Following this, we begin to get some form of narrative develop, and we think that Lost Highway is turning into an unsettling psychological horror. The couple begin to recieve video-tapes, the footage being of their house, and later on, footage of them sleeping.
But this is a David Lynch film, what we think the genre may start off as, will definitely warp and change like plastecine. Lost Highway is a film which can be considered to have elements of multiple genres and due to this, it refuses to be categorised.
Later on, we see Fred Madison watch footage of himself screaming pscyhotically in front of his wife’s dead body, whilst covered in blood. The Fred watching the footage looks confused, this never happened, we just saw his wife a few minutes ago, she’s still in the house…or is she? Is it the same house? Is it the same Fred Madison? Did the characters change in the space of one cut? Perhaps they didn’t – it is difficult to work out. And this is the point.
And then before we know it, Fred is sentenced, and put on death-row. But is this the same Fred we know? Are we actually still watching the footage which seconds ago, Fred was watching looking utterly terrified and confused. It is never revealed. and then the film spirals even more out of control. In a sense our interpretations control our opinions on the characters, as they conclude whether one section is dream, reality, and if it happens in a fake or an imagined location. In a sense, the viewer is made to choose directorial decisions.
In his prison cell, Fred starts to develop severe head-aches, the pain begins to extend itself in the outside world, the camera shakes violently, the sound of electricity is heard and blue sparks of energy strike across the cell. The guards then check the cell to reveal two surprises:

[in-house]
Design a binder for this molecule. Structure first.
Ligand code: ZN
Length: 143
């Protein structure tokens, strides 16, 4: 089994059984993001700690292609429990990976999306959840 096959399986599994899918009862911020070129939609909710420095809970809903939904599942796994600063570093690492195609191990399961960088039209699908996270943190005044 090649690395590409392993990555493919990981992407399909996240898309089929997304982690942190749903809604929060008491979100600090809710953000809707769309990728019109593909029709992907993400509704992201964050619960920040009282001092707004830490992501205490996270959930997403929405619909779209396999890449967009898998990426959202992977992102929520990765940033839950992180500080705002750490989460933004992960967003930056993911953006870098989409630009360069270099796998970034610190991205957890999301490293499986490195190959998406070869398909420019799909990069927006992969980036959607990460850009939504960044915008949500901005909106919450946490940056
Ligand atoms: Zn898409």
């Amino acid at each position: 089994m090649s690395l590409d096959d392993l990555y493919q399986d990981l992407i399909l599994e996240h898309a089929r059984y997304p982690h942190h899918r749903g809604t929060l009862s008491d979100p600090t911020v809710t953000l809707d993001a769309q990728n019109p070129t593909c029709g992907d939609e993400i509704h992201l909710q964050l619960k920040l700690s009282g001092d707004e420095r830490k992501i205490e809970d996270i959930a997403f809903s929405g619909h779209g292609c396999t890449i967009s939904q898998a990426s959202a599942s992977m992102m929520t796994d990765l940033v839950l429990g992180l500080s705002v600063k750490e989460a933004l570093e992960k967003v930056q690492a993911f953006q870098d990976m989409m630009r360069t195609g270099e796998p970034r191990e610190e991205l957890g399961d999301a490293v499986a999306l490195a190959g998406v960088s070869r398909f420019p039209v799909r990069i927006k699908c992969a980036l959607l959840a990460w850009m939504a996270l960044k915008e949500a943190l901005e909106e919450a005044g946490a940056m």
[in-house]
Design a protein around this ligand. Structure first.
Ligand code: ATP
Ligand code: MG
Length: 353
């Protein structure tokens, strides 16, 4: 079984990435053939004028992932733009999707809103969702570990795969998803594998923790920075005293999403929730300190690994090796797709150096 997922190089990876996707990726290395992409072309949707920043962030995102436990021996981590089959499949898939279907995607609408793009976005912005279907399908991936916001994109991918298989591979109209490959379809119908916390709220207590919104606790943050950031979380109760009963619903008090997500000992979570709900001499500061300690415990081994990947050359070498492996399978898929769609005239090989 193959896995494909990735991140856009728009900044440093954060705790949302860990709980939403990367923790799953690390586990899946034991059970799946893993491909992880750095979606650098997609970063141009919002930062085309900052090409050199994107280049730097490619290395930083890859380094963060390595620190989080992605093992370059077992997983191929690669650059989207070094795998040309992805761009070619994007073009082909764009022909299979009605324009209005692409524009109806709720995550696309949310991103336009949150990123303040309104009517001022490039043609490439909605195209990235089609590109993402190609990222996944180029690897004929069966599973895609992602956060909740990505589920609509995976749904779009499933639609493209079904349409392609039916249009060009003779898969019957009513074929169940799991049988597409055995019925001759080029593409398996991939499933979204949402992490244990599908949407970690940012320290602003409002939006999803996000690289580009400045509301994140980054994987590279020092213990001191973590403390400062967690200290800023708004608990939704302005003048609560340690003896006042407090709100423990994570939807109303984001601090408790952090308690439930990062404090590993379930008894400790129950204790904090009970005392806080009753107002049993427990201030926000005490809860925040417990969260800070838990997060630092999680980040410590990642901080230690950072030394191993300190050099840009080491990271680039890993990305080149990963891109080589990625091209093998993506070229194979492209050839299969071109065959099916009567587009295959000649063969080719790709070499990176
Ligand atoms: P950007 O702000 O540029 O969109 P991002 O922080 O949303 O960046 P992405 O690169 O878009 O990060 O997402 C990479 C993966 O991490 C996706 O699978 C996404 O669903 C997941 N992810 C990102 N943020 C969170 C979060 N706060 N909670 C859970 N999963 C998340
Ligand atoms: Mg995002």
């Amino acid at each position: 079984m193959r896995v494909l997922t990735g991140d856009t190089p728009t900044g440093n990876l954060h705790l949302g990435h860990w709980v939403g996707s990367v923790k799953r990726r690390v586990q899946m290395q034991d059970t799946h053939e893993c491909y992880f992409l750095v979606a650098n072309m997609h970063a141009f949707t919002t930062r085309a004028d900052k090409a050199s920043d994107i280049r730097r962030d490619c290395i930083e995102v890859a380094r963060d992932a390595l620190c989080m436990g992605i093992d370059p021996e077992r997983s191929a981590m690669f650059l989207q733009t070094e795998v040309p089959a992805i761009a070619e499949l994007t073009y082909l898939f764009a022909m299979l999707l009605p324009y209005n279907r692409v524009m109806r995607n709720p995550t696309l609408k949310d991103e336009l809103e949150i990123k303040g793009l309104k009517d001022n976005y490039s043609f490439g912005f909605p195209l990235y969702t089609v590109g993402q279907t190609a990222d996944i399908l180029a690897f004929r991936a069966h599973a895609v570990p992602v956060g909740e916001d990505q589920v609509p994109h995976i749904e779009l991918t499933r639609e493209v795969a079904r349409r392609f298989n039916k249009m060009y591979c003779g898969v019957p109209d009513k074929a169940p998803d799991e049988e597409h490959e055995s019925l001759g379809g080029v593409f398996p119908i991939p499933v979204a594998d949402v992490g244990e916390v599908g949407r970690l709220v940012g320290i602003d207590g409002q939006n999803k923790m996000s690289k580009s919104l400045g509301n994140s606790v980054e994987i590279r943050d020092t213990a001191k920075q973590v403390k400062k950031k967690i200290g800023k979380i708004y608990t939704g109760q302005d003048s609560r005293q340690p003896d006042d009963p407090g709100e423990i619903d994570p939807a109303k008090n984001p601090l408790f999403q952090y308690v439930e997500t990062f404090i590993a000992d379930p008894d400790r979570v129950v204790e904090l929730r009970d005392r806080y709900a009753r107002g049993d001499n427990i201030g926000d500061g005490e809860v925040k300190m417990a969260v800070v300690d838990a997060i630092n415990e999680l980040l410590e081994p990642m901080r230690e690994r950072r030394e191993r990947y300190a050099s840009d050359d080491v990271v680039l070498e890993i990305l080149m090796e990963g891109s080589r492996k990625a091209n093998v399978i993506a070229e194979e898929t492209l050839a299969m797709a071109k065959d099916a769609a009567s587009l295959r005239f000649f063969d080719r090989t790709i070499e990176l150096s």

1) Fred Madison is not in the prison cell
2) Somebody else has replaced him
We presume that the electricity and the severe head-aches are signifiers to the cause of what has happened – it is hinted that Fred Madison has turned into the new character, Pete Dayton (Balthazar Getty). But even this, we are unsure of.
What we now see – in my opinion – is a parallel universe which perhaps exists in another dimension, or arguably, in Fred Madison’s head. In this world, Renee Madison is now Alice Wakefield (performed by the same actress, but in a blonde wig). Eddy – or ‘Dick Laurent’ – suspects that his wife is cheating on him…ironically, with the ‘reincarnation’ (?) of Fred Madison. In the opening world, Fred Madison murders his wife (?), but here, he murders his wife’s lover (who may be an extension of Fred Madison, as they are both married to Patricia Arquette’s characters).
What we have here is a film constantly interracting with the viewer, forcing you to question what has happened and why. Lynch says that he dislikes people asking for meanings to his film, and preferrs viewers to come to their own interpretations. I think Lost Highway is about male anxiety and identity, the longing to be someone else or your situation to occur to another person. Perhaps the second world we see is inside Fred Madison’s head and all of the character’s are an extension of him and the people he has met. Yet this theory contradicts himself. If Fred turns into Pete Dayton, we have a clash of personalities. Pete Dayton has an affair with Alice Wakefield, and the former Fred Madison would disaprove of that. If Fred Madison does turn into Pete Dayton, Fred Madison’s character is ironically more closely connected to Eddy as he suspects his wife of having an affair. What we have here is a blurring of identity, characters turning into other characters who their previous selves would disapprove of. There former friends become their enemies.